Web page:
Grand Western Canal

The Grand Western Canal is a narrow canal and is part of the Waterways of Mainland Britain. It runs for 10 miles and 6½ furlongs from Lowdwells (which is a dead end) to Tiverton (which is a dead end).

The maximum dimensions for a boat to be able to travel on the waterway are 72 feet long and 7 feet wide. The maximum headroom is not known. The maximum draught is not known.

Notable features of the waterway include: Waytown Tunnel

Relevant publications — Waterway Guides:

 
 
 

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Lowdwells
End of Navigation
Waytown Tunnel (East End) 2¾ furlongs 0 locks
Waytown Tunnel (West End) 3 furlongs 0 locks
Waytown Limekilns 3½ furlongs 0 locks
Whipcott Wharf Bridge 5¾ furlongs 0 locks
Fenacre Bridge 1 mile and 1¼ furlongs 0 locks
Fossend Bridge 1 mile and 4½ furlongs 0 locks
Black Bridge at Westleigh 1 mile and 5¼ furlongs 0 locks
Ebear Bridge 2 miles and 3½ furlongs 0 locks
Westcott Bridge 2 miles and 6¾ furlongs 0 locks
Ayshford Bridge 3 miles and 4 furlongs 0 locks
Holbrooke Bridge 3 miles and 6¾ furlongs 0 locks
Boehill Bridge 4 miles and ¾ furlongs 0 locks
Buckland Bridge 4 miles and 3 furlongs 0 locks
Sampford Peverell 4 miles and 4¼ furlongs 0 locks
Sampford Peverell Winding Hole 4 miles and 4¾ furlongs 0 locks
Sampford Peverell Bridge
With attached footbridge
4 miles and 6 furlongs 0 locks
Batten Bridge
Road leading to Battens Farm from the Grand Western Canal Vistor Guide
5 miles and 2½ furlongs 0 locks
Watton Bridge 5 miles and 6¾ furlongs 0 locks
Rock House Bridge 5 miles and 7½ furlongs 0 locks
High Street Bridge
Former Swing Bridge
6 miles and 2 furlongs 0 locks
Greenway Bridge (Halberton) 6 miles and 3¾ furlongs 0 locks
Sellake Bridge 6 miles and 7 furlongs 0 locks
Dudley Weatherley Jubilee Bridge 7 miles and 7¼ furlongs 0 locks
Tiverton Road Bridge
Road between Tiverton and Halberton
7 miles and 7¾ furlongs 0 locks
Crownhill Bridge 8 miles and 1½ furlongs 0 locks
Railway Narrows (Halberton) 8 miles and 4¼ furlongs 0 locks
Warnicombe Bridge 8 miles and 6¼ furlongs 0 locks
Manley Bridge 9 miles and 1½ furlongs 0 locks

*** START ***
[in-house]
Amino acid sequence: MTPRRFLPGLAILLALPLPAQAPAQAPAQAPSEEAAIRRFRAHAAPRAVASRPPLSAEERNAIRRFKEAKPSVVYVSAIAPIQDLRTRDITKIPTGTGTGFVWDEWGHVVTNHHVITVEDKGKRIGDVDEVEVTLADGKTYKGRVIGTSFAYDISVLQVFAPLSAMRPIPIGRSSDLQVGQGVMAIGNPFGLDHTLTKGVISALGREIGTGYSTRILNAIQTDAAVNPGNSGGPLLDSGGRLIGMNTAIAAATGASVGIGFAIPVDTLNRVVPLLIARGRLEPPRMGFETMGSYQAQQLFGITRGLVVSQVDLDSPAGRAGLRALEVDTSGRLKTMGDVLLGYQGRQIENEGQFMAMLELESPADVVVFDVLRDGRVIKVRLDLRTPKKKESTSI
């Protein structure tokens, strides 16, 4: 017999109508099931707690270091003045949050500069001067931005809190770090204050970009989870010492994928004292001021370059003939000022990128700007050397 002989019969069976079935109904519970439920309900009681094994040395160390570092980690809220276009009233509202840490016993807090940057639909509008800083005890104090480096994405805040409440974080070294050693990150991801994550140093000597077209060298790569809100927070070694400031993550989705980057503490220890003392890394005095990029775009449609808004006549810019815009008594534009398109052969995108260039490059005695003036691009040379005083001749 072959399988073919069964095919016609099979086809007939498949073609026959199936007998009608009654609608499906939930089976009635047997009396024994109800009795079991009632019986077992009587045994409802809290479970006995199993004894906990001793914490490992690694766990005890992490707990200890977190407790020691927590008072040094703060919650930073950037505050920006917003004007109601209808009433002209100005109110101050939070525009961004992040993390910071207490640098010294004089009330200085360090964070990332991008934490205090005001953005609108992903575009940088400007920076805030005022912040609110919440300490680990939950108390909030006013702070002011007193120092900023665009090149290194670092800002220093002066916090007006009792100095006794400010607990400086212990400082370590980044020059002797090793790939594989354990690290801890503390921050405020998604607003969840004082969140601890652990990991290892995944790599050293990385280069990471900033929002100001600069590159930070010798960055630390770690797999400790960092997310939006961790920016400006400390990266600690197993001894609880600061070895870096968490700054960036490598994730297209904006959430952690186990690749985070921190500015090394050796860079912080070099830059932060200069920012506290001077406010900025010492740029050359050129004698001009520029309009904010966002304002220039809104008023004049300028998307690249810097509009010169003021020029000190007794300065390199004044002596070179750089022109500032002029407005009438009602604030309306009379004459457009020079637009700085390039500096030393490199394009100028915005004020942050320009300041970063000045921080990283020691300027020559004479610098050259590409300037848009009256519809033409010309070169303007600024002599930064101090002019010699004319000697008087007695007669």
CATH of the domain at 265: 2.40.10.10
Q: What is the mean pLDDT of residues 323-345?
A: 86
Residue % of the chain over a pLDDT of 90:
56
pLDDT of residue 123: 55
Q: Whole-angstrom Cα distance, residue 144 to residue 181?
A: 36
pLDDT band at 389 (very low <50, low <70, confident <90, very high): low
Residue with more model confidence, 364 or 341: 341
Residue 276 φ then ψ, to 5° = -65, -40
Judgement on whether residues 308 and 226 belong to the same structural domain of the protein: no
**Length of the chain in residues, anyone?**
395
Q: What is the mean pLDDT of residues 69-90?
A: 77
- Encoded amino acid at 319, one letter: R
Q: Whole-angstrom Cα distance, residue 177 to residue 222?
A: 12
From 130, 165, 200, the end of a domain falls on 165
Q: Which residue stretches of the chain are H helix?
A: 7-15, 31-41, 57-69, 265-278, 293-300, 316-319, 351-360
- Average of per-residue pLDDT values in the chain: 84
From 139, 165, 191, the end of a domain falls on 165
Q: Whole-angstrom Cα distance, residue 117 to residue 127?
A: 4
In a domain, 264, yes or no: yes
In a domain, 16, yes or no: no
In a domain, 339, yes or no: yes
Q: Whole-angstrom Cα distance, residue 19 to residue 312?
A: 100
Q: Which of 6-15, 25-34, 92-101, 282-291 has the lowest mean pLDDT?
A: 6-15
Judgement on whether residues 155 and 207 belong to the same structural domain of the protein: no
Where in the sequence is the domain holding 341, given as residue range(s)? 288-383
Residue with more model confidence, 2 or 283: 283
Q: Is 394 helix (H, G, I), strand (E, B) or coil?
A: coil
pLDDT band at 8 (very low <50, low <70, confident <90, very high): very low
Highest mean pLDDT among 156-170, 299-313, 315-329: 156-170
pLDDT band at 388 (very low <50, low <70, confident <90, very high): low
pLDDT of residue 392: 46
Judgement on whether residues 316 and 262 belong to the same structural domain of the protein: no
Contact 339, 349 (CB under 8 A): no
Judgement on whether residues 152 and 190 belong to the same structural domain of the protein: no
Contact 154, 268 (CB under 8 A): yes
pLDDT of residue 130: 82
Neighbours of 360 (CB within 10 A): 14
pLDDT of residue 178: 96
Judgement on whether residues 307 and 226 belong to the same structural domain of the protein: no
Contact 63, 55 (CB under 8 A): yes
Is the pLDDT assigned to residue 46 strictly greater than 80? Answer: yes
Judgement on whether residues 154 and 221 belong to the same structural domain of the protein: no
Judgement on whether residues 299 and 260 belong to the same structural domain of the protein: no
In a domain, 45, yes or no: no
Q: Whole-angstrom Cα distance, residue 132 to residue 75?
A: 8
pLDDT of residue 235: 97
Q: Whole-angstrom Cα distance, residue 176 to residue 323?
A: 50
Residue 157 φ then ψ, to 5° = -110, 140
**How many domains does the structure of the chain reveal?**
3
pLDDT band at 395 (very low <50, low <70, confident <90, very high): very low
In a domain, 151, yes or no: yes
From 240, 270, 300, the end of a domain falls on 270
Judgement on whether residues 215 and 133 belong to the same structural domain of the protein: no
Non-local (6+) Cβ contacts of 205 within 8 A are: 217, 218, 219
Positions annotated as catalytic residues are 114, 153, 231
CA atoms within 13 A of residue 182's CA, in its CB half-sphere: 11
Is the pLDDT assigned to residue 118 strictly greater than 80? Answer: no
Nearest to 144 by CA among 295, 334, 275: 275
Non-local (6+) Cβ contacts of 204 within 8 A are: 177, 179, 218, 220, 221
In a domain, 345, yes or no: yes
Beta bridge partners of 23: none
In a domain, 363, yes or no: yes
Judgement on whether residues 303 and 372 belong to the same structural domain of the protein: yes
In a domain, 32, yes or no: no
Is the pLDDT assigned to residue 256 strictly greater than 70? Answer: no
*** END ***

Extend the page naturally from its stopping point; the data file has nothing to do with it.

East Manley Bridge 9 miles and 4¼ furlongs 0 locks
Tidcombe Bridge
Near Newtes Hill
10 miles and ¾ furlongs 0 locks
William Authers Footbridge 10 miles and 2¾ furlongs 0 locks
Bampfylde Close Winding Hole 10 miles and 4 furlongs 0 locks
Tiverton Aqueduct
Trains use to go under the aqueduct
10 miles and 4½ furlongs 0 locks
Tiverton Winding Hole 10 miles and 5¼ furlongs 0 locks
Tiverton
End of Navigation
10 miles and 6½ furlongs 0 locks
 
 
 
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Wikipedia has a page about Grand Western Canal

The Grand Western Canal ran between Taunton in Somerset and Tiverton in Devon in the United Kingdom. The canal had its origins in various plans, going back to 1796, to link the Bristol Channel and the English Channel by a canal, bypassing Lands End. An additional purpose of the canal was the supply of limestone and coal to lime kilns along with the removal of the resulting quicklime, which was used as a fertiliser and for building houses. This intended canal-link was never completed as planned, as the coming of the railways removed the need for its existence.

Construction was in two phases. A level section from Tiverton to Lowdwells on the Devon/Somerset border, opened in 1814, and was capable of carrying broad-beam barges, carrying up to 40 tons. The Somerset section, suitable for tub-boats, which were about 20 feet (6.1 m) long and capable of carrying eight tons, opened in 1839. It included an inclined plane and seven boat lifts, the earliest lifts to see commercial service in the UK. The lifts predated the Anderton Boat Lift by nearly 40 years.

The 11 miles of Devon section remains open, despite various threats to its future, and is now a designated country park and local nature reserve, and allows navigation. The Somerset section was closed in 1867, and is gradually disappearing from the landscape, although sections are now used as a footpath. It maintains a historical interest and has been subject to some archaeological excavations.

Other Wikipedia pages that might relate to Grand Western Canal
[Mid Devon] [Sampford Peverell] [Halberton] [Holcombe Rogus] [Nynehead] [Ashbrittle] [James Green (engineer)] [Ayshford] [Oake]
Information retrieved Thursday 31 December 2015 at 11:03